When asthma and symptoms of depression coexist in kids, asthma may become worse, study findings suggest.
Researchers studied the breathing patterns of 90 asthmatic 7- to 17-year-old boys and girls before and after they watched scenes from the movie "ET: The Extraterrestrial." Half of the kids had symptoms of depression, in addition to asthma, while the other half did not.
The children with both asthma and symptoms of depression were more likely to show greater airway resistance after watching troubling scenes from the movie, Dr. Bruce D. Miller, at State University of New York at Buffalo, and colleagues found.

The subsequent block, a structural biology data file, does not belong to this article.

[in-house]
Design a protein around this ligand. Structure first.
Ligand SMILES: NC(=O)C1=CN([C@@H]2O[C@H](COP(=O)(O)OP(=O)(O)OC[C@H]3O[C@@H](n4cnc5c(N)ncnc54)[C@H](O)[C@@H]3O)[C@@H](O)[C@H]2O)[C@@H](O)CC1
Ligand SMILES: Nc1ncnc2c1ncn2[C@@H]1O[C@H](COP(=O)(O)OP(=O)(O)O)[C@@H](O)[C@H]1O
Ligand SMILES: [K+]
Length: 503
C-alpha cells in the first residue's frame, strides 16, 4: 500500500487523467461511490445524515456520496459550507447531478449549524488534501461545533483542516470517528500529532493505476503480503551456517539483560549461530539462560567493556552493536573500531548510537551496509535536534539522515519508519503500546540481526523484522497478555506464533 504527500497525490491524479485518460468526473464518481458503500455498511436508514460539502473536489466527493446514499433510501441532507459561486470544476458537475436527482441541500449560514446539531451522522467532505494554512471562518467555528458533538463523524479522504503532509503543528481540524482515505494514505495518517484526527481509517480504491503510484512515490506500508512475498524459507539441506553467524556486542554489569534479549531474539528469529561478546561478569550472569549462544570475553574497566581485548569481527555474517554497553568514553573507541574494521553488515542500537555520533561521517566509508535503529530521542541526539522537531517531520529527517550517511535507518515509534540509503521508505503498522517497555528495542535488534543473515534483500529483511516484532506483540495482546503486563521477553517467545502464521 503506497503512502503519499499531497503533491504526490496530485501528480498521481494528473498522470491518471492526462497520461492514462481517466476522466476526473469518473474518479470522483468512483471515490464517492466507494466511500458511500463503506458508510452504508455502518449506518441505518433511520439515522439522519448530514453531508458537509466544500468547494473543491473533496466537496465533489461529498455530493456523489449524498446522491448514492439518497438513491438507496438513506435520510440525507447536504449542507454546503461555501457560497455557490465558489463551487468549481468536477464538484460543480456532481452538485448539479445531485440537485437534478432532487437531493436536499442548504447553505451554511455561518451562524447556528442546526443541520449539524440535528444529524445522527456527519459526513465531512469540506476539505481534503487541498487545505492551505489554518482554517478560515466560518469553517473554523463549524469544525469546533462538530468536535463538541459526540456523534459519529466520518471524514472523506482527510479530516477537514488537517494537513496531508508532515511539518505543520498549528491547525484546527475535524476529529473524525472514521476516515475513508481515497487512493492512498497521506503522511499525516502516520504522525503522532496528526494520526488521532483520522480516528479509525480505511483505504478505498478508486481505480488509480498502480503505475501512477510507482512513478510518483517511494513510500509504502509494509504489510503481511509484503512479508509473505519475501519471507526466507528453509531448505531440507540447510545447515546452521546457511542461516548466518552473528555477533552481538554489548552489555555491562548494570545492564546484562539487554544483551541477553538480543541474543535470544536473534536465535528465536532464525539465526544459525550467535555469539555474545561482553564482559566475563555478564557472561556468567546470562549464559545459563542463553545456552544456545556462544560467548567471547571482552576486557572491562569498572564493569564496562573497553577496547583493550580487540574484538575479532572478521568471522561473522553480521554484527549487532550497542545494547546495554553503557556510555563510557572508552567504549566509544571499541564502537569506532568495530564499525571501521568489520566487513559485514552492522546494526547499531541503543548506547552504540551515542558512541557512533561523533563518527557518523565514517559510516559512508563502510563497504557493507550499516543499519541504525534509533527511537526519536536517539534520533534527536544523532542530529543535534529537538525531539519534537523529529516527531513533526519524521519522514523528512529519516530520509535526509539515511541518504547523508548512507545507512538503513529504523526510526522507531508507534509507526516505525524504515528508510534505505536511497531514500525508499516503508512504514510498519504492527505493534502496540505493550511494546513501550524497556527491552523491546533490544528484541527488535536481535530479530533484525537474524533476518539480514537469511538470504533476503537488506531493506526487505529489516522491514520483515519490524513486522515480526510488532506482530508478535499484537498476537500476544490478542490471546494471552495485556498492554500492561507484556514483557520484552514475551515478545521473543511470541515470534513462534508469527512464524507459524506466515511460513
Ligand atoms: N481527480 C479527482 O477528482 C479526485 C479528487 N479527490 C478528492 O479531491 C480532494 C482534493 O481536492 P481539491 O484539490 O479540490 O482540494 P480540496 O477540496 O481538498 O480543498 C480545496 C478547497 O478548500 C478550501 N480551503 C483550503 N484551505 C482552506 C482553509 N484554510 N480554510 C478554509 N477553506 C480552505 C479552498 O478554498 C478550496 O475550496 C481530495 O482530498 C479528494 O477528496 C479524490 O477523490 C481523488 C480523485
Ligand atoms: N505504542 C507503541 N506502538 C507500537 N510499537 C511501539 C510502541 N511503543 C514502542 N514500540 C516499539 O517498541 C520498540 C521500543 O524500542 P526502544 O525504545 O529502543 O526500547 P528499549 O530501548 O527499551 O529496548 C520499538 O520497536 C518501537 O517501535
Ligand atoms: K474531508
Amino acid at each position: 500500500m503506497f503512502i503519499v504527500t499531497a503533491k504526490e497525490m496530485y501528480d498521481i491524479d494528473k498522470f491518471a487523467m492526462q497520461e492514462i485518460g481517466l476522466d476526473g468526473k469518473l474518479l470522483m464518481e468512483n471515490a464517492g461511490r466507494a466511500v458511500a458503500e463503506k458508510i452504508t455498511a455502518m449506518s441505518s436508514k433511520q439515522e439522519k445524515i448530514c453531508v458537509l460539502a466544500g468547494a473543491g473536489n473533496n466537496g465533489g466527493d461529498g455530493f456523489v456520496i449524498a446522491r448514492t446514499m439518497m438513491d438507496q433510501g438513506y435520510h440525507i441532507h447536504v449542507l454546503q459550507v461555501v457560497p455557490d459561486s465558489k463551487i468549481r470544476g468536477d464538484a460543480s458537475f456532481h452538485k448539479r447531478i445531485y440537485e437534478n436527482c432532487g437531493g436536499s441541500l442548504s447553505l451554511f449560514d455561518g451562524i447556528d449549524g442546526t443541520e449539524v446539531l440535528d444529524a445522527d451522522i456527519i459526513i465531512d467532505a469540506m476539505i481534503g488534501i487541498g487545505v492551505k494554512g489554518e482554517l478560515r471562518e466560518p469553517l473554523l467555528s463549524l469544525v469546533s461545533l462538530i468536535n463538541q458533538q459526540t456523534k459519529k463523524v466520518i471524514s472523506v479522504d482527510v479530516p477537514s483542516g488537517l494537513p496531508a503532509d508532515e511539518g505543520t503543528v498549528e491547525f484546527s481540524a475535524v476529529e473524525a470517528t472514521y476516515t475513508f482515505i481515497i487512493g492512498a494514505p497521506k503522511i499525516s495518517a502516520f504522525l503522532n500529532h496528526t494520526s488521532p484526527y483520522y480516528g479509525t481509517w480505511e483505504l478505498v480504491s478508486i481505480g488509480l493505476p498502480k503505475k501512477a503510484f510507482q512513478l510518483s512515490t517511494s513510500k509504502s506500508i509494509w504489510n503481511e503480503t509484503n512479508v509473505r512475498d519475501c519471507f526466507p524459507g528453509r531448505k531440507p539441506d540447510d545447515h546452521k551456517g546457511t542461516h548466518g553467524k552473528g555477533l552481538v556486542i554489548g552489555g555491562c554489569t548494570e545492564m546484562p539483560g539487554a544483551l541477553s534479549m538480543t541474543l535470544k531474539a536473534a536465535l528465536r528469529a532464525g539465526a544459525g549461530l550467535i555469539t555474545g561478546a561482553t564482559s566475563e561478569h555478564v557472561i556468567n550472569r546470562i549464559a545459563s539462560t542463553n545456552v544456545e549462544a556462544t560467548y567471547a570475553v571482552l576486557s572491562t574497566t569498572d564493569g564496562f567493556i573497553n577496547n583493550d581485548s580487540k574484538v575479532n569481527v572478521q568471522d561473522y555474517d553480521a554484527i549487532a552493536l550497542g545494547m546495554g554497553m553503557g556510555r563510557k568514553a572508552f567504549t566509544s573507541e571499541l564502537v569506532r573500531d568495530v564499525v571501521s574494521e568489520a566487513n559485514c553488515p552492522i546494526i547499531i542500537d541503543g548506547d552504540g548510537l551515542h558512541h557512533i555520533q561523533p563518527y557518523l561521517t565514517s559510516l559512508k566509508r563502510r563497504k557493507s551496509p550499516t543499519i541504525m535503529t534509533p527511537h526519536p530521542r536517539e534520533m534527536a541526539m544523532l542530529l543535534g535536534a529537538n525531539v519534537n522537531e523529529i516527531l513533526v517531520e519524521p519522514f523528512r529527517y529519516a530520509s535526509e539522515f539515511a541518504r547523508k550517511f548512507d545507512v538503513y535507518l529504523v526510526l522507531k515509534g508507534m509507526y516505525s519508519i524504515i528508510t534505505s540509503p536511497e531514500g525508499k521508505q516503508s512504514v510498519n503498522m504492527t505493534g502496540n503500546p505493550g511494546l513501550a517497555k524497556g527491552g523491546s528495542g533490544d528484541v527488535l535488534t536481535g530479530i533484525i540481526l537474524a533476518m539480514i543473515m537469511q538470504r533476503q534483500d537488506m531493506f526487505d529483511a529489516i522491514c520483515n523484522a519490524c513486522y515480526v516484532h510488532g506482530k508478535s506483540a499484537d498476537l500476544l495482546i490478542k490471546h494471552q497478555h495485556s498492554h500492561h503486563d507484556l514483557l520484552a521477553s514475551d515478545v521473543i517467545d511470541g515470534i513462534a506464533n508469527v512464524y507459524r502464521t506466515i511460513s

Airway resistance, an indicator of worsening asthma, is akin to "blowing through a straw with a narrow opening," as opposed to a larger opening, Miller explained in a telephone interview with Reuters Health.
The asthmatic kids with symptoms of depression consistently showed breathing patterns indicative of worsening asthma after watching distressing scenes in the movie. Distressed breathing was most pronounced during scenes of family distress, loss, and death.
By contrast, Miller's team reports in the Journal of Allergy and Clinical Immunology, breathing patterns "considered typical and adaptive in response to emotional stress," among kids without symptoms of depression.
Miller cautions parents of children with asthma to be aware of the possibility that stressful or emotionally troubling events may lead to worsening asthma episodes.